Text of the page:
In the song Comfortably Numb, Pink Floyd’s Roger Waters describes a time where he was physically unable to perform at one of his concerts. Millions of dollars rode on him performing. So the band’s managers paid a doctor to forcefully inject Waters with a short-term remedy, enabling him to perform. He shares his feelings on this crisis with the words, “This is not how I am/I have become comfortably numb.” The drug did not restore Waters’ health, it only removed the immediate pain.
Waters laments the feeling of artificial serenity after he receives the mood altering drug. However, he enjoys the comfort the numbness brings. He took no part of the decision, but he explores the question as though he was consulted. Waters chooses the painless route, concluding his song with, “The child is grown/The dream is gone/I have become comfortably numb.” Our society agrees with Waters’ verdict. Boys must not feel the turmoil of emotions because they must perform. They are forced to surrender their identity to be comfortably numb.
To achieve society’s goal of establishing strength over compassion, every boy is indoctrinated. Despite my commitment to avoid perpetuating this version of male strength, I get embarrassed by an emotional son, but I effortlessly comfort my crying daughter. Society mandating male masculinity has become so comprehensive that a lone man cannot escape it. We demand that our boys be steel. Our culture needs strong men. Strong men are vital for healthy marriages, child nurturing, employment, and civic stability. But, our definition of strength is misguided. The qualifications for male strength need revision to obtain our ideal society.
When I was in fourth grade, I was having an awful day. For some reason, I was sad. Some claim that it is okay to be sad, but for a fourth-grade boy, it isn’t. I fought off most of my visible emotion, like I had been taught, but a few tears escaped. I explained to my friends that I was just feeling discouraged, but my excuse was insufficient. I was a “fag” for several weeks. Subconsciously, I vowed that my softer side would never betray me again. I would always be strong. I would be a man.
I was stoic most of the time, but I could not remove all emotion. Instead, my family and friends witnessed occasional eruptions of bitterness, sarcasm, and machismo. No one was allowed to see me. I mean the true, vulnerable, kind, loving, gentle, compassionate me. I was so scared of appearing weak that I transformed into something that was foreign to my gentle nature.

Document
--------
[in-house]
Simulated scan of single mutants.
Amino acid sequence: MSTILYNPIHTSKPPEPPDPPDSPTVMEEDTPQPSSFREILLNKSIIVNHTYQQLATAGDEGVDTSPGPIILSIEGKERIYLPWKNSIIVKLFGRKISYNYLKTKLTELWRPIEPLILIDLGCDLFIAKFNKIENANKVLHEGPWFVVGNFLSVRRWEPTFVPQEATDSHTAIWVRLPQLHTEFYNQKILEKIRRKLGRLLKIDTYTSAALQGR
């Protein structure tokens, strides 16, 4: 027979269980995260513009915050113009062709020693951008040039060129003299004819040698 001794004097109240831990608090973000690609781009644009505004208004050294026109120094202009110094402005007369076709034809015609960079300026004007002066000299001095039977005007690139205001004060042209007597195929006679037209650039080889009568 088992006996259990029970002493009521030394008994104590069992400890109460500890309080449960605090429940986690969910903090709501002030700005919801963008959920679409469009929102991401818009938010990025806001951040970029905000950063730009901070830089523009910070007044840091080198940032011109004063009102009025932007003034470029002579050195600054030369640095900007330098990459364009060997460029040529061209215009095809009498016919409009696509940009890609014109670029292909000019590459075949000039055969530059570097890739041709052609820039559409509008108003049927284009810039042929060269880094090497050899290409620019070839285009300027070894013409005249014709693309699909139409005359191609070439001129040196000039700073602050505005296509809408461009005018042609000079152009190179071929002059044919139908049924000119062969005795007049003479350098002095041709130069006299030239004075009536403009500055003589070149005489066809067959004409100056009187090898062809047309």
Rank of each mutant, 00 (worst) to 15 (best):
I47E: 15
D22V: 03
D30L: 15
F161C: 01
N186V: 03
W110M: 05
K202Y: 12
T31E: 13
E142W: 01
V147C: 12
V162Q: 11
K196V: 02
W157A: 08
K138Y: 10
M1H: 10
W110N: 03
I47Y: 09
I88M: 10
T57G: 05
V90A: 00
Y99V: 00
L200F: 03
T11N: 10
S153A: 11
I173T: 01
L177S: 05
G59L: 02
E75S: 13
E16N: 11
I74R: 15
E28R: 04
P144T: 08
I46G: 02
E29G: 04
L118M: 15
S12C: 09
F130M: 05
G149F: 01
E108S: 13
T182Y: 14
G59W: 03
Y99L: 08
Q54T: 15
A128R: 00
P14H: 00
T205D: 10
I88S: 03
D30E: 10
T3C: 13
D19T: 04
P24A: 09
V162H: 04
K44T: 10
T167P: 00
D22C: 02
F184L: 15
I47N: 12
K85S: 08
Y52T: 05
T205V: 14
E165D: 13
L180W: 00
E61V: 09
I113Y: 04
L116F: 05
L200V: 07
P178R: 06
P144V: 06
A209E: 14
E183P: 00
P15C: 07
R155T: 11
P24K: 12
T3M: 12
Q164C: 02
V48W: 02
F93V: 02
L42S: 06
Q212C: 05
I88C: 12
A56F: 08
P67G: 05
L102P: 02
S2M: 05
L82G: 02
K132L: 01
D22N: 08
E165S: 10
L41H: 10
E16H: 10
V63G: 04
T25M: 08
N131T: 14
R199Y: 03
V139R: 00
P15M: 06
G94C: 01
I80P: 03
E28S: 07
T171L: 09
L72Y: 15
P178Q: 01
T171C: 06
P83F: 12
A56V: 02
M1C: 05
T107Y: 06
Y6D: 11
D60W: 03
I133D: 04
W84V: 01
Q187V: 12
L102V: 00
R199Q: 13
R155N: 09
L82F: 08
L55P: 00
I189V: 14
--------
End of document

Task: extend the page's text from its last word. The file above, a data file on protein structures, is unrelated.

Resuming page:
Then something happened. My niece was born. The day she was born, I missed school to anxiously wait outside of my sister’s delivery room. After my niece’s birth and preliminary tests were done, I held her. As one little hand poked out of her swaddled blanket, she opened her eyes. Madelynn Summer’s beautiful little spirit penetrated my wall, I felt those tender emotions stir for the first time in years. Her inner beauty continued to expose my softer feelings as I played with her, babysat her, and even changed her diapers.
While Madelynn softened my facade, I was not ready for everyone to see me. I developed the ability to hide and show myself depending on my audience’s expectations. Years later, I allowed a classmate to see my softer side on our first date, later she became my wife . I do not know how, but Staci compelled me to reveal myself to her. I felt safe with her. I hesitantly disclosed an insecurity, and to my surprise, Staci mollified my anxiety. While her response was kind, she was perplexed. Staci told me that she could hardly believe that I possessed such intense emotions. She had only seen what I allowed, and that was not softness. She is still the only person I trust with all of my delicate feelings. I have not met a mortal more compassionate and sensitive than my devoted wife. She provides the security I need to reveal my softer side to my community.
As much as Madelynn and Staci did for breaking my emotional barrier, my sensitivity has thrived because of my daughter–Lorien. Many men will tell you that they connected with their feminine side because of their daughter. I do not mean painting toenails, having tea parties, and playing house. Rather, Lorien shows me that my strength comes from my softer side. Strength, not weakness, is needed to honestly tell friends, family, and acquaintances why I love them. She shows me that displays of love and gentleness require strength that few men are capable of.
Lorien kindles my awareness of others. I am becoming sensitive enough to nurture a friend during dark times. I still get nervous when I candidly express emotion. My fourth-grade friends’ voices return sometimes, but when they do, memories of Staci’s gentle words inspire me to persist. I know some people, especially men, feel uncomfortable with my expressions of love. I am okay with that. Because of Lorien, I am learning that showing people authentic love has a power that cannot be matched.
This morning, as I laid in bed thinking about my softer side. I felt Lorien’s head gently on my chest. I was comfortable, but not numb. We have this time of ours every morning when she awakes. It is our special time. This is when I feel my strength. I missed this opportunity with my sons. I hope they, unlike me, do not have to relay Waters’ words to their sons, “This is not how I am.” Fortunately, we are changing. We need to show our men and boys that softer feelings do not make them inferior, they make them strong.